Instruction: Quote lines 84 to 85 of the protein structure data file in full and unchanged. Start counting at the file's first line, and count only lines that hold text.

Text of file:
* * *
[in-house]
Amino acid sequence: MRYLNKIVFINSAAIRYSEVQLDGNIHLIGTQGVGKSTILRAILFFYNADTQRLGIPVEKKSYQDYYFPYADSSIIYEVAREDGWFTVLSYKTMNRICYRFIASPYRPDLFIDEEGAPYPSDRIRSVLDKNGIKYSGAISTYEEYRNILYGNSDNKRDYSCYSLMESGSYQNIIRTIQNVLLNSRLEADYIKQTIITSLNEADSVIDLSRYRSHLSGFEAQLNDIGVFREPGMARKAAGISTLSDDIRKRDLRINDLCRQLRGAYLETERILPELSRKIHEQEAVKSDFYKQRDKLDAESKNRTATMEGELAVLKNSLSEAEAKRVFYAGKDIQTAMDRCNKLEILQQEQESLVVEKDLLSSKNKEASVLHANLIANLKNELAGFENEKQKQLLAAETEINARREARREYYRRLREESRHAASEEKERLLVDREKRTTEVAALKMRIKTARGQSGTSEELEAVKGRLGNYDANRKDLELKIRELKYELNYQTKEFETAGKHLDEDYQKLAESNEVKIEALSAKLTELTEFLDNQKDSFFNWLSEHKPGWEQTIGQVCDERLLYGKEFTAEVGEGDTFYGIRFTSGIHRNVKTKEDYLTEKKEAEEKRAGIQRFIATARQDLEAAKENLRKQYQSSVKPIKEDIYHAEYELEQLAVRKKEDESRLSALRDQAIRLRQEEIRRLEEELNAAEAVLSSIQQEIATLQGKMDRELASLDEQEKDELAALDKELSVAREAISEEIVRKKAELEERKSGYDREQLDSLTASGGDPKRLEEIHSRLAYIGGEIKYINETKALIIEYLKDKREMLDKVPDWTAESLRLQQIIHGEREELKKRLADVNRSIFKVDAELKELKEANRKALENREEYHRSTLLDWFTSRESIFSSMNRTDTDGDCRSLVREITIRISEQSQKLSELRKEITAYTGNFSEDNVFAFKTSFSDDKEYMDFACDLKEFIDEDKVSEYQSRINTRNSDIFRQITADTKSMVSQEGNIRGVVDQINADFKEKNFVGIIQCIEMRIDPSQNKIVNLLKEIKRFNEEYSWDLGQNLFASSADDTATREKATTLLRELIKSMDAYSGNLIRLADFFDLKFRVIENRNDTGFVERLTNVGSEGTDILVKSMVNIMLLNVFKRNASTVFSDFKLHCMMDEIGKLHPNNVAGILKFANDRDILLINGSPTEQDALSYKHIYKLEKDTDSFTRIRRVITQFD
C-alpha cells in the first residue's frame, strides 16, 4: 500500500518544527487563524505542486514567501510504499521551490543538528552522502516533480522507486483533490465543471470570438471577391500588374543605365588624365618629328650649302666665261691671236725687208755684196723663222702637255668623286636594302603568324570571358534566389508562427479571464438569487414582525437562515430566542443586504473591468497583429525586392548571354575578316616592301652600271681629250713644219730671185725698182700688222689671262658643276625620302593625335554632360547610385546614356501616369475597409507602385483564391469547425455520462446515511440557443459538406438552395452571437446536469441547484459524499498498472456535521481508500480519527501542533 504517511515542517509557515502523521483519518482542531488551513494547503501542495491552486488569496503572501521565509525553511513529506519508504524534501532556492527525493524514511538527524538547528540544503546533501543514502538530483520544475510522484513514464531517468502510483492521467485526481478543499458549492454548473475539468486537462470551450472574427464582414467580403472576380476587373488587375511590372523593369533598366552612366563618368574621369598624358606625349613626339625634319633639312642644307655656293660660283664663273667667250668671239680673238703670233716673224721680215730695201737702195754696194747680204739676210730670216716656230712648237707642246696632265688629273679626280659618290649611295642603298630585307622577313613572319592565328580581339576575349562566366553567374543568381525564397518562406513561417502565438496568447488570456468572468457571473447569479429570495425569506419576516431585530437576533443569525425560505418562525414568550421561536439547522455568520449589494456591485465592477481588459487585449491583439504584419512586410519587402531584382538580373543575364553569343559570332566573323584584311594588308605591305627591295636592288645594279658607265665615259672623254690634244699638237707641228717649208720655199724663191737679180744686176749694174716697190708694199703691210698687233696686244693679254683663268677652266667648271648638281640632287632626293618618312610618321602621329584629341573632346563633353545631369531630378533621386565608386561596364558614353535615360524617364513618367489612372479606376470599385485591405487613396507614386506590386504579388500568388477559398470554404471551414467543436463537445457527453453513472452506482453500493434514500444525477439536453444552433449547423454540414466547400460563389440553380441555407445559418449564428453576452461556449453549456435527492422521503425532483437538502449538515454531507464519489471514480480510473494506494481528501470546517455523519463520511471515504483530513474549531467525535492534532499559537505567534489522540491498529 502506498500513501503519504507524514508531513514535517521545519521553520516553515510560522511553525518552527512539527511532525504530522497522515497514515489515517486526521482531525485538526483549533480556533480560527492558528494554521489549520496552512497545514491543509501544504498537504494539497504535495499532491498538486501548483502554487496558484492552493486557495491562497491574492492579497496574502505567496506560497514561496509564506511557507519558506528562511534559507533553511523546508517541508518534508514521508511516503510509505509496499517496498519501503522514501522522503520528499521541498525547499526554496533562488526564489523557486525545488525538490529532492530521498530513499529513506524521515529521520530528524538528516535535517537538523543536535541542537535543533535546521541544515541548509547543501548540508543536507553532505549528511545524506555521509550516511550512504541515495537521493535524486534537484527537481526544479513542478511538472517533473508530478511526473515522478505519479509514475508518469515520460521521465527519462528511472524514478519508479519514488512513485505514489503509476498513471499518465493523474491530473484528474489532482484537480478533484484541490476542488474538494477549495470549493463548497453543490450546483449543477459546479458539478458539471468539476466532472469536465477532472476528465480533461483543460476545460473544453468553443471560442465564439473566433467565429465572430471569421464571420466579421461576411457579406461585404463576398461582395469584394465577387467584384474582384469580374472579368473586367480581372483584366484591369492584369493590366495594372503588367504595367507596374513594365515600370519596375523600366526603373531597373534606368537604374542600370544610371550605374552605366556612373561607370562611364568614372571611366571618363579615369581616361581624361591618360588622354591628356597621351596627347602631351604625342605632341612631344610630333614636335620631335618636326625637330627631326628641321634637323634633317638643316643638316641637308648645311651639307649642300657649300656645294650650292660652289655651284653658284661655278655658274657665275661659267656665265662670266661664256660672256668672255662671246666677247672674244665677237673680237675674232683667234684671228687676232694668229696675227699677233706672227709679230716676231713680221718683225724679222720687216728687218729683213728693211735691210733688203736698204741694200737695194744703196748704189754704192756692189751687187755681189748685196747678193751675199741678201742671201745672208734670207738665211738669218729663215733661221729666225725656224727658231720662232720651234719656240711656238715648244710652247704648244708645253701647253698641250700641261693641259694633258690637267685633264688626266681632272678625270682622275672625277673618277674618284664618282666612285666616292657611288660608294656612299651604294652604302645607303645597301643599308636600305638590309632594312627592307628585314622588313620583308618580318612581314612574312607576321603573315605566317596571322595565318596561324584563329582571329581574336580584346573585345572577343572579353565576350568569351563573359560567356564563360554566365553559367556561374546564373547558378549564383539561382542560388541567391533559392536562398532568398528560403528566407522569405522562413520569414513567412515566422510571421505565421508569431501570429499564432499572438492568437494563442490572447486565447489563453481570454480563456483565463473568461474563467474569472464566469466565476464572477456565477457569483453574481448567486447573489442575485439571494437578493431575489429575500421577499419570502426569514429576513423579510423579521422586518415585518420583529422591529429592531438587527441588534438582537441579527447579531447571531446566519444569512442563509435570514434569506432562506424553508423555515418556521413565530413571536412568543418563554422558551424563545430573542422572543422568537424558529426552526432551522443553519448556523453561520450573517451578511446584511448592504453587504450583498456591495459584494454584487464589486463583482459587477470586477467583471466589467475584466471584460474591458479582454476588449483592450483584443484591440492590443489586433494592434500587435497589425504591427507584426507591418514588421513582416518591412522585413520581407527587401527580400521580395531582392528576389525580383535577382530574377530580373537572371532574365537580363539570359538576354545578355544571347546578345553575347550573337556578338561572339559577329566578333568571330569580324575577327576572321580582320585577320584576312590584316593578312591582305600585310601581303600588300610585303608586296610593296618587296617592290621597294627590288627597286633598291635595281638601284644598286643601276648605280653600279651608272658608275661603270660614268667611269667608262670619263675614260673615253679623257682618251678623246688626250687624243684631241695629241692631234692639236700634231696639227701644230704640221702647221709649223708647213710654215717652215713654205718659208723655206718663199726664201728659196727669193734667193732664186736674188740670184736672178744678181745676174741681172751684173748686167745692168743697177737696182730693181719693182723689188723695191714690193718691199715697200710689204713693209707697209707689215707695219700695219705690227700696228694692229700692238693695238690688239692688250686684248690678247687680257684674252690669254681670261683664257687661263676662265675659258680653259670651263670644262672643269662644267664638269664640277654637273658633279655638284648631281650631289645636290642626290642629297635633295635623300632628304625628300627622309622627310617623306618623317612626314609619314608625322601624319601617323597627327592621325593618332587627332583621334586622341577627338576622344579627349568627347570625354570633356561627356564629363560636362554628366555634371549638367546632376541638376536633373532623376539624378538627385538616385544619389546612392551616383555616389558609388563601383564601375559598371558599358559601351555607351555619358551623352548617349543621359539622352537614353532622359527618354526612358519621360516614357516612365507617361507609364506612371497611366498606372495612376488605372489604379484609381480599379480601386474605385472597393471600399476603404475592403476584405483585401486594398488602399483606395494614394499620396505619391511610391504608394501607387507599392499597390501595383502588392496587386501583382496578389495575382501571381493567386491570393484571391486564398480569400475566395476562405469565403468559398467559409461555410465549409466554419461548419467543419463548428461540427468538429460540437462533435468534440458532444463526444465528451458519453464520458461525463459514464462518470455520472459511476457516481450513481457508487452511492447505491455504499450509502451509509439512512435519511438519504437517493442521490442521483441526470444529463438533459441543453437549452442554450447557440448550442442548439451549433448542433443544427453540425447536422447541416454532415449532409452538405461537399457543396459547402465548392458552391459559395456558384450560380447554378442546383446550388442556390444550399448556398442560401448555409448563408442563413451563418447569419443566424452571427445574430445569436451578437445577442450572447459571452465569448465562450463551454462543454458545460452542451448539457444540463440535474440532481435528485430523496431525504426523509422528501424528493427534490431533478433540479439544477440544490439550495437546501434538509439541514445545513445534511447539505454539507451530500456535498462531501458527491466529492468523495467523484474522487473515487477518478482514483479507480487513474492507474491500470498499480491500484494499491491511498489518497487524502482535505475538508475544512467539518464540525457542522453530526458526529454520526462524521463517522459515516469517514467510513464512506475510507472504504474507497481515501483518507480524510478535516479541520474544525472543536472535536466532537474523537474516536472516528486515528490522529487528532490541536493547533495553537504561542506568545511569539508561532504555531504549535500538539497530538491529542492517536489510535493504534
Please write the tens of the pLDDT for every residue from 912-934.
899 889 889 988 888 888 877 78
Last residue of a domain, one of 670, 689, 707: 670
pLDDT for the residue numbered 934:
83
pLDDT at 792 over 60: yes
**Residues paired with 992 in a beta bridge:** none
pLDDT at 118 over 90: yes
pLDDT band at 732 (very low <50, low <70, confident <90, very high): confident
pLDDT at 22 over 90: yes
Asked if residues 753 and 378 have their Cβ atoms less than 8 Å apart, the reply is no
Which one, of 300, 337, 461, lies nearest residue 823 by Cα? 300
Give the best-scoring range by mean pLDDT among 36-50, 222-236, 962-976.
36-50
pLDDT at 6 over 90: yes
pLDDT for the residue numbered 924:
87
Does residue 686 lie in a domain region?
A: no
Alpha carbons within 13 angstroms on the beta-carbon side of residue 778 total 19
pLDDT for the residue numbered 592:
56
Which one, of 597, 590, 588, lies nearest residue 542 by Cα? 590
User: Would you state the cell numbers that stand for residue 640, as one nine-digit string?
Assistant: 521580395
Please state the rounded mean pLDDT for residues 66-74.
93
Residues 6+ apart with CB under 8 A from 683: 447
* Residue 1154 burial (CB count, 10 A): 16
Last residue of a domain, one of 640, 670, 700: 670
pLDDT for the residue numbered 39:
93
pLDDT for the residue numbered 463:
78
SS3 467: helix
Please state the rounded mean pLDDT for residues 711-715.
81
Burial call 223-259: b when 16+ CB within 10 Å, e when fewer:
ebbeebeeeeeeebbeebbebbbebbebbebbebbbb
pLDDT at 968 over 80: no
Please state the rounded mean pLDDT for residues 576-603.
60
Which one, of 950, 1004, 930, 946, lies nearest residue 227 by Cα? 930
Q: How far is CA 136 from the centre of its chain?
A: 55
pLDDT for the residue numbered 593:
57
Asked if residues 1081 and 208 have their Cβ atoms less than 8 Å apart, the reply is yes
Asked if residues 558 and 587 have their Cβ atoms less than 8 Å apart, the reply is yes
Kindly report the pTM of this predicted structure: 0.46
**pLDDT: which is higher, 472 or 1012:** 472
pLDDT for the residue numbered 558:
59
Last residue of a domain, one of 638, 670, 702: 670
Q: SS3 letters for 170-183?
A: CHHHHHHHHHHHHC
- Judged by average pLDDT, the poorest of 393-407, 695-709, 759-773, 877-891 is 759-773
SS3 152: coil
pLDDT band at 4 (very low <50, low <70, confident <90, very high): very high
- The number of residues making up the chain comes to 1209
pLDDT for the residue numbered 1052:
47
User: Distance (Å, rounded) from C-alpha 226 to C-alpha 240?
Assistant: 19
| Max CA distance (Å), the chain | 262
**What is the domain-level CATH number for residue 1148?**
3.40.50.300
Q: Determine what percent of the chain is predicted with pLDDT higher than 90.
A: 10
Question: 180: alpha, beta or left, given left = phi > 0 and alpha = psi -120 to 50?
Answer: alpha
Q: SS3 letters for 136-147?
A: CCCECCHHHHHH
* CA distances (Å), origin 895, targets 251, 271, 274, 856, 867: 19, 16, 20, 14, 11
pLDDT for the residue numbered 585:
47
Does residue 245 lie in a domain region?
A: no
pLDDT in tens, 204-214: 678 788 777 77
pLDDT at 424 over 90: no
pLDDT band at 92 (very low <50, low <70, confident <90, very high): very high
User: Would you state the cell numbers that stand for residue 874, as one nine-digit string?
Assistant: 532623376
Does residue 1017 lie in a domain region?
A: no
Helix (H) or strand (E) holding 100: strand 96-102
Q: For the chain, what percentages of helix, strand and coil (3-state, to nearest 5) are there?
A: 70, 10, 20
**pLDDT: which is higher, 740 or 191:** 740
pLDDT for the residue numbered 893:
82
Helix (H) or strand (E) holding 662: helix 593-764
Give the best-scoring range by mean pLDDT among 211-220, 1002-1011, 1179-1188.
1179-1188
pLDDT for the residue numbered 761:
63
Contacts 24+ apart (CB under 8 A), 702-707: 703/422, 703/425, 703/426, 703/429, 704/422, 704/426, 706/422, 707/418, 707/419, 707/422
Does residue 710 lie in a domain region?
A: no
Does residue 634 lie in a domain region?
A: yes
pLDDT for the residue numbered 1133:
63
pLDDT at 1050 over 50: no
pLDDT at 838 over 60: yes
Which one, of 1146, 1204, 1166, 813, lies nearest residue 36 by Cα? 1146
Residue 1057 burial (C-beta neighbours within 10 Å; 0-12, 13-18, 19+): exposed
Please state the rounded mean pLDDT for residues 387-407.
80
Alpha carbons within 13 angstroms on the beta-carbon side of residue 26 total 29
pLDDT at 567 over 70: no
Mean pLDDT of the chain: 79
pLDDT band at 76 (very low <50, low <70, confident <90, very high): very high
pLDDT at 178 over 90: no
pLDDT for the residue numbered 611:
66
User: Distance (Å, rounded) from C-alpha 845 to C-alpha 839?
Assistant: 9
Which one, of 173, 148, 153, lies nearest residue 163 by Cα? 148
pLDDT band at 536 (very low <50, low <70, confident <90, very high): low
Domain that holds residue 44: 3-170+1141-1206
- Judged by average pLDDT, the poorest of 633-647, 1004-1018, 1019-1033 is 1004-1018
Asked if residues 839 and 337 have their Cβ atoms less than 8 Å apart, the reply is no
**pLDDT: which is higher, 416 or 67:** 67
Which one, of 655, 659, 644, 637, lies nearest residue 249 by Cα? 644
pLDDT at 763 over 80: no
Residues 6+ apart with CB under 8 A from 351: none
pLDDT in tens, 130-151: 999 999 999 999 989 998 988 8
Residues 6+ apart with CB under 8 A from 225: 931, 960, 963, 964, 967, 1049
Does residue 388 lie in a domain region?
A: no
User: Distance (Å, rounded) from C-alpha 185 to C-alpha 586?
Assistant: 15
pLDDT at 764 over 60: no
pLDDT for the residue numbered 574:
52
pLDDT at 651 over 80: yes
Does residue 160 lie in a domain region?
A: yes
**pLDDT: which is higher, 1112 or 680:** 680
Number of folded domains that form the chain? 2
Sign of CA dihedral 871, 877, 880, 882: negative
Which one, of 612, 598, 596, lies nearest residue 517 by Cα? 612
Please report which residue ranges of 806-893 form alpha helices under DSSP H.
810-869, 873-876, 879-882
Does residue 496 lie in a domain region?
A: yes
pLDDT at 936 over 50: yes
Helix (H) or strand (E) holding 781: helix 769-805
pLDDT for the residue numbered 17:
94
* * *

pLDDT band at 92 (very low <50, low <70, confident <90, very high): very high
User: Would you state the cell numbers that stand for residue 874, as one nine-digit string?